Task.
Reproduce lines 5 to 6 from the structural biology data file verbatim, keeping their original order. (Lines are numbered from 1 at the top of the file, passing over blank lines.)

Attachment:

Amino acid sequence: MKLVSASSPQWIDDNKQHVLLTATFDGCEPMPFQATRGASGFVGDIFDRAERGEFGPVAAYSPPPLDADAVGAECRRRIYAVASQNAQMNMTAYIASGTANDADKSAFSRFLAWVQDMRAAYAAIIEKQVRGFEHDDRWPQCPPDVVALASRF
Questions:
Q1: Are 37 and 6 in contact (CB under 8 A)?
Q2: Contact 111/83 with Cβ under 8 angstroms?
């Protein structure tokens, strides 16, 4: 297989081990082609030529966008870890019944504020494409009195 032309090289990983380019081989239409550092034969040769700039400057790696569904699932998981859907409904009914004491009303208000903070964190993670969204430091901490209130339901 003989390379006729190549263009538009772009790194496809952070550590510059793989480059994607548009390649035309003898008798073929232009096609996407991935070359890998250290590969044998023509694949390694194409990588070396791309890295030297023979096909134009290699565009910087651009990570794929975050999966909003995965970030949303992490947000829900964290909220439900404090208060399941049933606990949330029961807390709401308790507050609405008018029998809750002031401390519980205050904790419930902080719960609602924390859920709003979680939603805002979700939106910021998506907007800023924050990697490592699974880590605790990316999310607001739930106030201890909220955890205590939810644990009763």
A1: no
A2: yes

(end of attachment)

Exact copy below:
């Protein structure tokens, strides 16, 4: 297989081990082609030529966008870890019944504020494409009195 032309090289990983380019081989239409550092034969040769700039400057790696569904699932998981859907409904009914004491009303208000903070964190993670969204430091901490209130339901 003989390379006729190549263009538009772009790194496809952070550590510059793989480059994607548009390649035309003898008798073929232009096609996407991935070359890998250290590969044998023509694949390694194409990588070396791309890295030297023979096909134009290699565009910087651009990570794929975050999966909003995965970030949303992490947000829900964290909220439900404090208060399941049933606990949330029961807390709401308790507050609405008018029998809750002031401390519980205050904790419930902080719960609602924390859920709003979680939603805002979700939106910021998506907007800023924050990697490592699974880590605790990316999310607001739930106030201890909220955890205590939810644990009763």
A1: no